Oh, and this is the Important Bird Area and the trees were a glory of birdsong.  We didn’t identify — or even really see one bird.  I’ve learned you can’t look down and up at the same time!

A Muddy Butt and A Diamondback

The Gila River-2

Gila River through the Bird Area (2016)

The recent rains made for expectations of good tracks on the river’s edges.  We headed for the Gila River’s Bird Area, books and rulers tucked into backpacks.  Along with us came the dog.  I wasn’t certain whether one energetic dog would have the patience for three humans standing around staring at the ground for minutes at a time, but she did need the exercise.

The river was running really high and some of the edges were under water.  There was one wash and several spits that were above the water line; they had been flushed by run-off and were rain-slick with mud.  Since the light rain the previous evening, critters large and small had been dashing and dancing around, leaving a plethora of foot prints behind.  The dog added tracks of her own, fortunately not overwriting the tracks we were most interested in deciphering.

As a highlight, we found absolute evidence of the resurgence of beaver on this stretch of the Gila River.  We’ve seen the beavers’ signature tree stumps, chewed to points.  And there’s a beaver dam under construction just a mile or so downriver from where we were exploring. But here, we found tracks – impressed in the mud just since last night.  Our “take” for the morning: beaver; two different skunk species—hog-nosed and striped; raccoon; great blue heron; spotted sandpiper; and squirrel. We might have found more, but for time and a dog’s tolerance.  We documented and submitted all but the sandpiper and squirrel to iNaturalist to become part of the scientific database.

The only downside  was when my backside went down into the mud.muddy butt Gila River bird area 10-26-18.ed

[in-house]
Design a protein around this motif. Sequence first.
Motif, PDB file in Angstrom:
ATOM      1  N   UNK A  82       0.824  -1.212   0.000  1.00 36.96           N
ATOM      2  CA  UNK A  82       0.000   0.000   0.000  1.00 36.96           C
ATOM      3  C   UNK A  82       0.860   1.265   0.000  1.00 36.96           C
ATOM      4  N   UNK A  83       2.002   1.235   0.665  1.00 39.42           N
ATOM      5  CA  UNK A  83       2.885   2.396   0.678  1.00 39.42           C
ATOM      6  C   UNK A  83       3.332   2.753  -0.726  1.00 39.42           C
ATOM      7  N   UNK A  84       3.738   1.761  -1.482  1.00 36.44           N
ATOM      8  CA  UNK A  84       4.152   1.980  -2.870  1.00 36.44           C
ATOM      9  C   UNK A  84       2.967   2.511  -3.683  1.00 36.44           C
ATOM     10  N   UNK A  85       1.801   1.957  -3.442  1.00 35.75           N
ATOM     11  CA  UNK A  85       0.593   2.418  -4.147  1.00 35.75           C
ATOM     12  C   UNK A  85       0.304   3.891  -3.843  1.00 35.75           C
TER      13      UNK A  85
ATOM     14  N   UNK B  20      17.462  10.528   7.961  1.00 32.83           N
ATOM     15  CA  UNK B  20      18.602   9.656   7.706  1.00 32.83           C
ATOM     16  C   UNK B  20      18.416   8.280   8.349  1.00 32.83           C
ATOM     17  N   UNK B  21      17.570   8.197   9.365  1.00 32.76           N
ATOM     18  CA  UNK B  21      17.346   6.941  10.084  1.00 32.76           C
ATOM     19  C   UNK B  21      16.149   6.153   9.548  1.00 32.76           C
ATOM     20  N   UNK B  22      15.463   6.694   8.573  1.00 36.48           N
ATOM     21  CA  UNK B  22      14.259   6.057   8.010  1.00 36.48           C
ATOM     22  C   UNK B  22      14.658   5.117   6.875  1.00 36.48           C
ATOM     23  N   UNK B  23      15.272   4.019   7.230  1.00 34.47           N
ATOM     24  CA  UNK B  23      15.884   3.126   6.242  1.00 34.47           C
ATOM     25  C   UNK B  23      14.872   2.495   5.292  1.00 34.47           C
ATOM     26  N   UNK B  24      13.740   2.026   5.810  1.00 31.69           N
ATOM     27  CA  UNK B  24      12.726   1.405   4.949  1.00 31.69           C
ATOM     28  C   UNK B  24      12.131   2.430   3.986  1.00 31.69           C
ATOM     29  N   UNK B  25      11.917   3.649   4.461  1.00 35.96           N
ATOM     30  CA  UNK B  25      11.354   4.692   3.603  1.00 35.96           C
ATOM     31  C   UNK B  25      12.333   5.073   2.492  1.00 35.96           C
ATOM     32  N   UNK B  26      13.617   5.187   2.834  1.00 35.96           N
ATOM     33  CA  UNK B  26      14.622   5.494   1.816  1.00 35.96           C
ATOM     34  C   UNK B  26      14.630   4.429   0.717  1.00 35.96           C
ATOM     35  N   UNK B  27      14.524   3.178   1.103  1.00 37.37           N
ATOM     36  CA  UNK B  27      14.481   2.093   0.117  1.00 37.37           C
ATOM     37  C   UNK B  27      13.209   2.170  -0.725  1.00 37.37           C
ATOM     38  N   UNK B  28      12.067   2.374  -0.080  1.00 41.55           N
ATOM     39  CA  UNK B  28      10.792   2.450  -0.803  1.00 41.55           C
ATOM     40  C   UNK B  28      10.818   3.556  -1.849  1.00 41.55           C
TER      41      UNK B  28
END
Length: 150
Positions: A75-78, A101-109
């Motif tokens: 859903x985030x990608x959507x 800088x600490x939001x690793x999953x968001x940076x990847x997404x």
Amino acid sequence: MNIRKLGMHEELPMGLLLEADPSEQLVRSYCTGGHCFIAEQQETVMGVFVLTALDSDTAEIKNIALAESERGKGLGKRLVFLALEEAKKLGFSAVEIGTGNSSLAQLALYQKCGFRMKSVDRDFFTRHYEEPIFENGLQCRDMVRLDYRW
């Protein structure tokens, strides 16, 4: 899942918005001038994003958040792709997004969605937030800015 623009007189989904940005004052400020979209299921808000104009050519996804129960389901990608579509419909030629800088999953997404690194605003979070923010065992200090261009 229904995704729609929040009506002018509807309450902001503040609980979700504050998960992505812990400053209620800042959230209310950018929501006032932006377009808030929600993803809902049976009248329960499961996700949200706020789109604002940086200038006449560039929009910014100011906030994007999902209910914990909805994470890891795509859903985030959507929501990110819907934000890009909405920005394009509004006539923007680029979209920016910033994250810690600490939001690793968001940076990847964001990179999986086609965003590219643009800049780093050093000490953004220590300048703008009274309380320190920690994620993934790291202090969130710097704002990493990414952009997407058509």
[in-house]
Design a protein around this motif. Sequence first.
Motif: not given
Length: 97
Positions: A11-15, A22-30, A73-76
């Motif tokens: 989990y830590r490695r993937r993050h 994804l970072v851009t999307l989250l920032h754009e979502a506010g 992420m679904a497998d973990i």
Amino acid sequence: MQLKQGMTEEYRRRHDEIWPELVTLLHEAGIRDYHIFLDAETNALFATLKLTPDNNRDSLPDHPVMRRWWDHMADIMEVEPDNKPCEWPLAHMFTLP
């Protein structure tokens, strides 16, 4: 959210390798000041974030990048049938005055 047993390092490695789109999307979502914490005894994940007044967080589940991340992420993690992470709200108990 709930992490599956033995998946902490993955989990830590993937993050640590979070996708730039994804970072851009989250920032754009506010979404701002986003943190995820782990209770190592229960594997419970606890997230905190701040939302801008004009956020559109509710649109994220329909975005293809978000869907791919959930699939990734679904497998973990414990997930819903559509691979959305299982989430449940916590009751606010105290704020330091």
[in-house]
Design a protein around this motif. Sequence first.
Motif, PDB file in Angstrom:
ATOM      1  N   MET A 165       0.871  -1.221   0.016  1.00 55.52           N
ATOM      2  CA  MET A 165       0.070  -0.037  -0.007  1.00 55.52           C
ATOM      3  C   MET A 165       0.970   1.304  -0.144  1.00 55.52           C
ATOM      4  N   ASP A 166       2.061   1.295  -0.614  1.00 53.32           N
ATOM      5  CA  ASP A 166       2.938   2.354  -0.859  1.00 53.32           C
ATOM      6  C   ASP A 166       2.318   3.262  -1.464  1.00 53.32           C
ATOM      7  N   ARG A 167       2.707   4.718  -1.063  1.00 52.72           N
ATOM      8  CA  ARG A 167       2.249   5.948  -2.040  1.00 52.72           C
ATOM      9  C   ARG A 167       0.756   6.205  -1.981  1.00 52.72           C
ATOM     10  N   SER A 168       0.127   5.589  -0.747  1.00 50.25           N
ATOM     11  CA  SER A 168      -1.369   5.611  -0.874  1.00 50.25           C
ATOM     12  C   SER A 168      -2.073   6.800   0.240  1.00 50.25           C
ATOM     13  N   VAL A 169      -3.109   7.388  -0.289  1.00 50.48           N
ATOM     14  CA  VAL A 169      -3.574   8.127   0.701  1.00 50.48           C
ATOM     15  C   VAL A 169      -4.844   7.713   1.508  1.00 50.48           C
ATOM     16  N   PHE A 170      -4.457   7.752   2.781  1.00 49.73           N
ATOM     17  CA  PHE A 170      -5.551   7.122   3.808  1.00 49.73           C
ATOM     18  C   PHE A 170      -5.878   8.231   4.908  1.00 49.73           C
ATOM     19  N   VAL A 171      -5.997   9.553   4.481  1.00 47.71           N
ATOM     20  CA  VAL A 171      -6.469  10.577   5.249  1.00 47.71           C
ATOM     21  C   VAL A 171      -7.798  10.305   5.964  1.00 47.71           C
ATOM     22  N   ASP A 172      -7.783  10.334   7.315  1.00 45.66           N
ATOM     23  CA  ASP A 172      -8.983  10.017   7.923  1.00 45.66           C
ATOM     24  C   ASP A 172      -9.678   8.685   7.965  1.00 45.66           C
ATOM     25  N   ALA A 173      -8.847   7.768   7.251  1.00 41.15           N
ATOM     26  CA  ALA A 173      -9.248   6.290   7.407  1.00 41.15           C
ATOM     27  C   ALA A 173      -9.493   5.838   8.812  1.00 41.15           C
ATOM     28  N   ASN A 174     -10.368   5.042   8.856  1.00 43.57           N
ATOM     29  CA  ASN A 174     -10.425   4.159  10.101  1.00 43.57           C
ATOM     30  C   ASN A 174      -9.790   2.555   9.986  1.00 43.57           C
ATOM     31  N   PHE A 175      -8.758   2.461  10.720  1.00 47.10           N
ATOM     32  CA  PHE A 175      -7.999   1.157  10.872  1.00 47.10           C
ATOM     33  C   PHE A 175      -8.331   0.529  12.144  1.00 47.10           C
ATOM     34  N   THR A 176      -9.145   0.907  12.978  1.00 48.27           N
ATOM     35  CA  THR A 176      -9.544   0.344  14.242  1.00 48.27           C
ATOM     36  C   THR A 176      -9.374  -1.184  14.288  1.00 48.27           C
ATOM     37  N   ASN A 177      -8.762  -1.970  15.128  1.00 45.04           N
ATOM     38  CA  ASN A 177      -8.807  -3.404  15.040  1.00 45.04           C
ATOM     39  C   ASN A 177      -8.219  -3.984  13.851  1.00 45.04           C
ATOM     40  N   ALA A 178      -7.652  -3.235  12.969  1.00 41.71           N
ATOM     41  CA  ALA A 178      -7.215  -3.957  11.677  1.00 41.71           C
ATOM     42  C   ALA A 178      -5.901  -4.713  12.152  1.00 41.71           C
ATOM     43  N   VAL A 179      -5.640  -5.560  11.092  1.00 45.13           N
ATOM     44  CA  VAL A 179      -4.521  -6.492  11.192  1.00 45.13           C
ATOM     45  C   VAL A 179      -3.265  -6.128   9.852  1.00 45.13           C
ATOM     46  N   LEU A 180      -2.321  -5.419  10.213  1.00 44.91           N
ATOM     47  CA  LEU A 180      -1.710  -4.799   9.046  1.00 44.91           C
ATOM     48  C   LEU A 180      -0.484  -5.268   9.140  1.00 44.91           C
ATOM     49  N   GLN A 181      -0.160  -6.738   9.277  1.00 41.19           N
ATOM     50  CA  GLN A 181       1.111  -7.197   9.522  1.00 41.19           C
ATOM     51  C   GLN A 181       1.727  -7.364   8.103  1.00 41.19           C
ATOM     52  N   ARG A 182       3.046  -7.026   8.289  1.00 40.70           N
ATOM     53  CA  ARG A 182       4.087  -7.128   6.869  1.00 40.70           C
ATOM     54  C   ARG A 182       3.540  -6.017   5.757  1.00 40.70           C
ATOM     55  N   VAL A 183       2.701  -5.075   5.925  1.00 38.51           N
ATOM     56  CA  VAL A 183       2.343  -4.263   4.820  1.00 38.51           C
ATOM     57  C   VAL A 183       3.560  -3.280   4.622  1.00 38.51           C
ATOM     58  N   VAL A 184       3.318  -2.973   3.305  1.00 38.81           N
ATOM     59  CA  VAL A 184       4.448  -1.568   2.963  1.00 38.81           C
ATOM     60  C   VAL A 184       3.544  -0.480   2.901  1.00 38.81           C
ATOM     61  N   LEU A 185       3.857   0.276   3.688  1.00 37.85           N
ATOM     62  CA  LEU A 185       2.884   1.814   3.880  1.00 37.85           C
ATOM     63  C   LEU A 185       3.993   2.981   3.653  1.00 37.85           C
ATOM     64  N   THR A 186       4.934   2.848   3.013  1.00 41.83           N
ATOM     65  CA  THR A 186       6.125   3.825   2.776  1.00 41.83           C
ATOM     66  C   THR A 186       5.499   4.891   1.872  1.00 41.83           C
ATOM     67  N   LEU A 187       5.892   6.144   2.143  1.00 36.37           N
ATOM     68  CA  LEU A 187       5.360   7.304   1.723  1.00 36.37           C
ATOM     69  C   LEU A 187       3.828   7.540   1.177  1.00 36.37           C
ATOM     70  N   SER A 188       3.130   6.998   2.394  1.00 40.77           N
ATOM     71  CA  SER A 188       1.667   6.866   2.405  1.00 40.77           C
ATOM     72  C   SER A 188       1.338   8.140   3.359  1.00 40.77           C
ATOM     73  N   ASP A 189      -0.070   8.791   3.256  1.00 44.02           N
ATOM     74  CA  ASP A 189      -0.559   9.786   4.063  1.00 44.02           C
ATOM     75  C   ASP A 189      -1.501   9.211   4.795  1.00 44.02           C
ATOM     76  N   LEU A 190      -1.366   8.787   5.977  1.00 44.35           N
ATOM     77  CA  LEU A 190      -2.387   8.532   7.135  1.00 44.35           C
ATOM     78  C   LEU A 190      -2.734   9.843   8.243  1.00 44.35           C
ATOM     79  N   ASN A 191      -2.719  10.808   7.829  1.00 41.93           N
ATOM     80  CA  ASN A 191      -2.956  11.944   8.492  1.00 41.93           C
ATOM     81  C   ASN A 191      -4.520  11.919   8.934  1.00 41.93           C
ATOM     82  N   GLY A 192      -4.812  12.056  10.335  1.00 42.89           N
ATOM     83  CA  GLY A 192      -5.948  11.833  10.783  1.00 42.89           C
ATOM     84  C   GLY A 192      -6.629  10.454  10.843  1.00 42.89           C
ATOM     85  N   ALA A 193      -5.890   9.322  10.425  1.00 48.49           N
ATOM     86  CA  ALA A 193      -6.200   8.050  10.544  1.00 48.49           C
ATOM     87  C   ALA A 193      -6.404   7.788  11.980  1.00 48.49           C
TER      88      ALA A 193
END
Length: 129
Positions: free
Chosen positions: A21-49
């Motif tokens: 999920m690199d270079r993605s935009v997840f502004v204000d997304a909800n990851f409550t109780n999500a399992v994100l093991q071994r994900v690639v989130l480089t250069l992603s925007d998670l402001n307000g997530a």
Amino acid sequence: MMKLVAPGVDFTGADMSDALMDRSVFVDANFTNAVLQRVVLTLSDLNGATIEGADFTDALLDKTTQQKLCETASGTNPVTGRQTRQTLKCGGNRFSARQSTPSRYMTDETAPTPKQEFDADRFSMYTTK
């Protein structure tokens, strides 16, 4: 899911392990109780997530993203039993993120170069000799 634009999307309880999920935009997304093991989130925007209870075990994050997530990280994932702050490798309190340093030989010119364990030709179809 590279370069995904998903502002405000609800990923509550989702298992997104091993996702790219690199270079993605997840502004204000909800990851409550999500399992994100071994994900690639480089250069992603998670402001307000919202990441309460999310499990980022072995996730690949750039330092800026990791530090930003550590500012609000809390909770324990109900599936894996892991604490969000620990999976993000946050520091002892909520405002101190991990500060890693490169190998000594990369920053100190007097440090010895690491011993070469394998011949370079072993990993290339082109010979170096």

The next day took me in the opposite direction, down into the Chihuahuan Desert and in the shadow of Cookes Peak. We went to explore the remains of Ft Cummings, one of a string of forts originally built through the southwest along the Butterfield Stage line and set at critical water sources.  These same forts were later instrumental in, first causing and as a result, defending against the Apaches in the 11-year Apache wars.

There’s not much left of Ft Cummings: a few bits of adobe wall; a cemetery hill whose occupants have since been moved; parts of the stone structure that was the stagecoach stop; and a springhouse that is not only still in use but has been brought into the 21st century by the addition of solar panels to pump out water for the cattle that are grazed on this piece of desert.

Stopped in the old corral area, where we thought to sit on the walls, water ourselves and have a bite of lunch.  I wandered to the end of one wall to look for a seat in the shade under the only tree tall enough to cast any.  There was already somebody stretched out.  With due respect, I allowed as how he (or she) had first rights to the spot.  Nonetheless, he (or she) decided to remove him (or her)self into hiding until we interlopers stopped staring, left the corral and a snake’s peace was restored.

rattlesnake - Ft Cummings